The global Pandemic has affected Muslim countries and Muslim businesses worldwide just as it has impacted all communities. To build back better requires stronger collaboration and partnership not only among Muslims but also between Muslims and the wider community to ensure sustained recovery. Recovering from the Pandemic provides a timely opportunity to also consider the role of sustainable development in pursuing a green reset.
The Global Muslim Business Forum is founded by the KSI Strategic Institute for Asia Pacific, a leading Asian Think Tank based in Kuala Lumpur and Global One, a UN accredited womens’ INGO headquartered in London. Both organizations are strongly committed to international partnerships, dialogues, inclusive and sustainable development. The Founder of both KSI Strategic Institute and Global One are also Founders of the World Muslim Leadership Forum which has been running successfully for the past 12 years.
This newly established Global Muslim Business Forum aims to build on the success of the World Muslim Leadership Forum. It will focus on promoting strategic partnerships, dialogues and business collaboration to build back better for shared prosperity and sustainable development.
In 2022, the Global Islamic Economy remains largely an untapped economic and business opportunity. According to the State of the Global Islamic Economy Report (2020), over 1.9 billion Muslims are spending over USD $2.02 trillion across six economic sectors, led by halal food, modest fashion, media and travel. Islamic finance assets alone were estimated to be about $2.88 trillion in 2019. These opportunities are only growing as Muslims are expected to spend $2.4 trillion by 2024.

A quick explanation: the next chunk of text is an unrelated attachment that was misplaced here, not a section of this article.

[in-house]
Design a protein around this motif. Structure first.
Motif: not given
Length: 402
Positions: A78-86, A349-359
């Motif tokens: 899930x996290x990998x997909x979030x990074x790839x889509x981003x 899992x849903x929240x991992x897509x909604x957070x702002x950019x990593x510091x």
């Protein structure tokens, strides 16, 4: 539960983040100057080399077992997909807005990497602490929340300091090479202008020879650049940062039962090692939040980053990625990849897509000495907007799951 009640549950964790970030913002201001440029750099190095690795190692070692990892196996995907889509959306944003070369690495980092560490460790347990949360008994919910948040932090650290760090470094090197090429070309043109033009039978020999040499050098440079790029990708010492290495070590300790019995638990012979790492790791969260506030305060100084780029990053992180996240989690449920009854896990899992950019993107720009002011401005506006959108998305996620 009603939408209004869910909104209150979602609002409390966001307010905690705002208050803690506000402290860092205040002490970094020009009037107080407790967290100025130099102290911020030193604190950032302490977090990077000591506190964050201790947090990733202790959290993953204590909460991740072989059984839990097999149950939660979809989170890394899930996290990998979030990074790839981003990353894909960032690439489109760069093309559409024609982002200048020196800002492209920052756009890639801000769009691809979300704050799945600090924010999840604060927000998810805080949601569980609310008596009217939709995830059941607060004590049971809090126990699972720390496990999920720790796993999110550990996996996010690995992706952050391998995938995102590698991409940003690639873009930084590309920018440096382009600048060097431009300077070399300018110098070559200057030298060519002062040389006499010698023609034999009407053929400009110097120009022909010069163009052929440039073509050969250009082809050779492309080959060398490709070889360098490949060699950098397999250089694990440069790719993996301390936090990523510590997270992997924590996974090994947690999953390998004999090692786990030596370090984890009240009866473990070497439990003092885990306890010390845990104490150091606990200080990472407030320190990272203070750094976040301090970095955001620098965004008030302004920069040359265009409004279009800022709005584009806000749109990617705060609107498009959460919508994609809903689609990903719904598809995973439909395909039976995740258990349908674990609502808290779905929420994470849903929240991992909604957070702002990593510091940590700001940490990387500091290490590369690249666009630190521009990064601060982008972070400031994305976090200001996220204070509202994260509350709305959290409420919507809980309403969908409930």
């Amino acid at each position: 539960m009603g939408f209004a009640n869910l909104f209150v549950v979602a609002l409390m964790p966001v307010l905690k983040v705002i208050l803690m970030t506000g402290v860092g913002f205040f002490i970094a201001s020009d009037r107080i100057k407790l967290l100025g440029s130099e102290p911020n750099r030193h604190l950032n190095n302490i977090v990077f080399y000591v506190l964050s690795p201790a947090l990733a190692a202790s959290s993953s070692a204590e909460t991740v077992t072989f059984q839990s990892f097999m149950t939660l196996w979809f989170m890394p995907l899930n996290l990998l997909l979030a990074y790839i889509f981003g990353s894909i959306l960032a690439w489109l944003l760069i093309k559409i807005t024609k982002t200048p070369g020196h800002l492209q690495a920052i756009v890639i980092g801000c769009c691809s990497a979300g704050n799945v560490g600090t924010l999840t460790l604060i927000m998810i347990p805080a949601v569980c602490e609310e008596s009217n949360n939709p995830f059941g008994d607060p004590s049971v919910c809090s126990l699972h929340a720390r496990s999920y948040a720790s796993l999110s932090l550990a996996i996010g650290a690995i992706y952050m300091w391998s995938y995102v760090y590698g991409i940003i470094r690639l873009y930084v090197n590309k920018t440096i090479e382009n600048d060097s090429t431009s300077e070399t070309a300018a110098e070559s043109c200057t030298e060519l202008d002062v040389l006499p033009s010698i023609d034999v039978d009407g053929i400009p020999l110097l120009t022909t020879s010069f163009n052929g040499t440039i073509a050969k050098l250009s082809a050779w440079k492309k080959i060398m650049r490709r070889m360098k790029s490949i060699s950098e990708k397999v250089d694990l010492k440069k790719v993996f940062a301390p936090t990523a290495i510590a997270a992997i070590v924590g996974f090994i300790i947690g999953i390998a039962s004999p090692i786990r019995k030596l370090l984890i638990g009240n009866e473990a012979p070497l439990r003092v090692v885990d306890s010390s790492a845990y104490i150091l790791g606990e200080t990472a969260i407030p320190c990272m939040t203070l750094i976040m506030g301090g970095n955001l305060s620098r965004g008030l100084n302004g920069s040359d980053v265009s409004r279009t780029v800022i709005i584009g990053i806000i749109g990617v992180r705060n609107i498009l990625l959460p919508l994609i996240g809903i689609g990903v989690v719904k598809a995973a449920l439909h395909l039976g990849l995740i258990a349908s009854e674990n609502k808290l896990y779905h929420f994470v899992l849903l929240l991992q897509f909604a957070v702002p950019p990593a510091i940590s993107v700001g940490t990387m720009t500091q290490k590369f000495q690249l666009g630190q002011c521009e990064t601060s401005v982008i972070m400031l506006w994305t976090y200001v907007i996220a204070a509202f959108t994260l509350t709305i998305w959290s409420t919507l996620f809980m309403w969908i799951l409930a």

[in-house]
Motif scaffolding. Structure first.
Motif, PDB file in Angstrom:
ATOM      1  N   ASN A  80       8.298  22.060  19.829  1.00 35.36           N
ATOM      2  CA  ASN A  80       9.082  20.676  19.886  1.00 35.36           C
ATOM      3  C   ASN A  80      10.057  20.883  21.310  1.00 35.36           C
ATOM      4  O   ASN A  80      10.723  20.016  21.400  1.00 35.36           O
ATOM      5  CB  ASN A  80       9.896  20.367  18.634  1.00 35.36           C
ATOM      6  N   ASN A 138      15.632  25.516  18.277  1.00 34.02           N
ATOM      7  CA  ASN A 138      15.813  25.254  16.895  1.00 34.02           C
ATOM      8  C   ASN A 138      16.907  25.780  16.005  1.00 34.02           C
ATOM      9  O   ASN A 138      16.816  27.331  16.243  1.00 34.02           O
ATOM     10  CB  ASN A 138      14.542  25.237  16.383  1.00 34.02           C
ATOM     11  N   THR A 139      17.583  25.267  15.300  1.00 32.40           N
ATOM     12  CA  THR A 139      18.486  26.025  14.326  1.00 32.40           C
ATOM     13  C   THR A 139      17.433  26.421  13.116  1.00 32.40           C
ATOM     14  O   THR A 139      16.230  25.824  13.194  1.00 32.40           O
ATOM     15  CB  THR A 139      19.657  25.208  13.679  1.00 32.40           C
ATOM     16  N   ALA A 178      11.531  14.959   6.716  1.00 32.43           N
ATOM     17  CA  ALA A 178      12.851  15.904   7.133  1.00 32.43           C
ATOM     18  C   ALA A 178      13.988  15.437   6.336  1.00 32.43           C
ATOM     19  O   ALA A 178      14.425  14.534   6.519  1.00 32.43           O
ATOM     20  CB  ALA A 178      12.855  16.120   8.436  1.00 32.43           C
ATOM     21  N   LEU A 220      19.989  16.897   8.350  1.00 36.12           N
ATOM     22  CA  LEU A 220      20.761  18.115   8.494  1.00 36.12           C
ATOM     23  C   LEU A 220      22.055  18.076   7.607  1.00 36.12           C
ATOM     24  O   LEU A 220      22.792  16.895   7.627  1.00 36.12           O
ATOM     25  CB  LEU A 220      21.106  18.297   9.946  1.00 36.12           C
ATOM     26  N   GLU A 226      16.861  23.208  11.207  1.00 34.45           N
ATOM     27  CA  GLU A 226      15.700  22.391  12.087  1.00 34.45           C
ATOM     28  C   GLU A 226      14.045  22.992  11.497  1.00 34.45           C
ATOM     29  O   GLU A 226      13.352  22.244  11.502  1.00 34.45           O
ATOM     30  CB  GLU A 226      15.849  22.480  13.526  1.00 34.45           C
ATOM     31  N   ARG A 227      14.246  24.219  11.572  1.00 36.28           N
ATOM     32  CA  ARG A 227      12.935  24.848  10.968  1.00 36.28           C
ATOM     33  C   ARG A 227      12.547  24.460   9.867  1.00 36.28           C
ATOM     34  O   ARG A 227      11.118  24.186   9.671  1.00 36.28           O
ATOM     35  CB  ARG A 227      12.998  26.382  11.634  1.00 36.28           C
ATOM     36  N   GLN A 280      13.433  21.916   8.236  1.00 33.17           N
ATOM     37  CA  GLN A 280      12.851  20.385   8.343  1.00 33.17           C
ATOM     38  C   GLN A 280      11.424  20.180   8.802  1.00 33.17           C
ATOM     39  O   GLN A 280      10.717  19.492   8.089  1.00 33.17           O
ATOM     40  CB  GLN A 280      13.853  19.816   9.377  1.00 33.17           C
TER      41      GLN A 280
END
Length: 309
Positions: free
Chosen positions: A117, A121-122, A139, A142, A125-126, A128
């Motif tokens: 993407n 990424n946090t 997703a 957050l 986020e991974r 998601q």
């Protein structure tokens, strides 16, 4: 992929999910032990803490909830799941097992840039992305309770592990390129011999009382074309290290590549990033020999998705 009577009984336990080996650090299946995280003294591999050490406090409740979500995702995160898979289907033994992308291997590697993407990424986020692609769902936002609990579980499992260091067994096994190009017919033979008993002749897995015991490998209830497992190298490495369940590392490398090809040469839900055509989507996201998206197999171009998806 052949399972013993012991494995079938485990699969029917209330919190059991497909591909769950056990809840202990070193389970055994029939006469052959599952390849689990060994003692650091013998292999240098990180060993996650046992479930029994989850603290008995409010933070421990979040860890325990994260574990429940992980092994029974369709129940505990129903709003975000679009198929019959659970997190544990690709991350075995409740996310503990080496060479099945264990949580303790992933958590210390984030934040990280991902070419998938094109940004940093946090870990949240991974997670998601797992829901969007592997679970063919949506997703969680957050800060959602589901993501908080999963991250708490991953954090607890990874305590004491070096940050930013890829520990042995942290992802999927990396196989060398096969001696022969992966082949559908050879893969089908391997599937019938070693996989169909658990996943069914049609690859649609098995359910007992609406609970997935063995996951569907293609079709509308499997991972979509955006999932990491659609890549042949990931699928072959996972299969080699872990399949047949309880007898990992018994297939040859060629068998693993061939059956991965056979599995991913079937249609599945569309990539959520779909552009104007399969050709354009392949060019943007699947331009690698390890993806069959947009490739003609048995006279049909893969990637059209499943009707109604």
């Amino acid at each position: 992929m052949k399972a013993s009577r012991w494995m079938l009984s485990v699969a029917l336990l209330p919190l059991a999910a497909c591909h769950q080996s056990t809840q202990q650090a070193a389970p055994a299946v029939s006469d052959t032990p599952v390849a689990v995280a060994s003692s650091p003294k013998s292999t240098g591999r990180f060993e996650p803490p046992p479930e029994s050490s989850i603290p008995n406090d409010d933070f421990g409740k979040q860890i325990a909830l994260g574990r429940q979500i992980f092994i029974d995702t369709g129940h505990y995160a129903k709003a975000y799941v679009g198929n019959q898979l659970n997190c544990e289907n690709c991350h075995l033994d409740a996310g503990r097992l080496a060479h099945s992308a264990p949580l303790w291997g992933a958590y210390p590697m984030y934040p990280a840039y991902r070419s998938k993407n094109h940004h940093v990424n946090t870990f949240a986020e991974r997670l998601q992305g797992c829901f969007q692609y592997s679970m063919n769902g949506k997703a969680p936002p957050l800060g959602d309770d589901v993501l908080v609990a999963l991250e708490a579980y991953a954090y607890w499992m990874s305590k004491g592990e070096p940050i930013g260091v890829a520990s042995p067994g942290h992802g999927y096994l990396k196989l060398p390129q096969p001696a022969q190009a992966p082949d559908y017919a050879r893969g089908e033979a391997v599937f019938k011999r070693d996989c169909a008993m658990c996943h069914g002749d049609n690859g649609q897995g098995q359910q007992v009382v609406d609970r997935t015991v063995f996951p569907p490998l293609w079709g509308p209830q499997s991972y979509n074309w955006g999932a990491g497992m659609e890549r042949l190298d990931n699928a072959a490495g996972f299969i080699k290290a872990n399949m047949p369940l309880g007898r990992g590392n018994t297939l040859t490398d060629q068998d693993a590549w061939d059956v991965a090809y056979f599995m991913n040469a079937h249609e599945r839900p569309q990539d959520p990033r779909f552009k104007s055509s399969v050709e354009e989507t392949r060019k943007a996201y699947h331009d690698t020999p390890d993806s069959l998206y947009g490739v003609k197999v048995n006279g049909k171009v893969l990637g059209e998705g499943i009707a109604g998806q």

The pandemic has brought many challenges to the Islamic economy such as disruption in the global supply chains, food security issues and closure of borders. Despite a slight decrease in Muslim economic activities, the Global Islamic Economy is underpinned by strong economic drivers. On the demand side, Muslim demographic is expected to reach 3 billion by 2060, representing one-third of the global population according to Pew Research Centre. It is interesting that an increasing emphasis on ethical and sustainable consumption, which is central to Islamic economy, is now being popularised by Millennials and Gen Z. On the supply-side, proactive Muslim governments such as Malaysia, Saudi Arabia and UAE are increasing regulation and certification of halal products. Trade between the Organisation of Islamic Cooperation (OIC) members continues to grow with 31 OIC members achieving the trade target of 25% as per OIC-2025. The GMBF recognises that the role of the Global Islamic Economy needs greater understanding and awareness in all regions of the globe.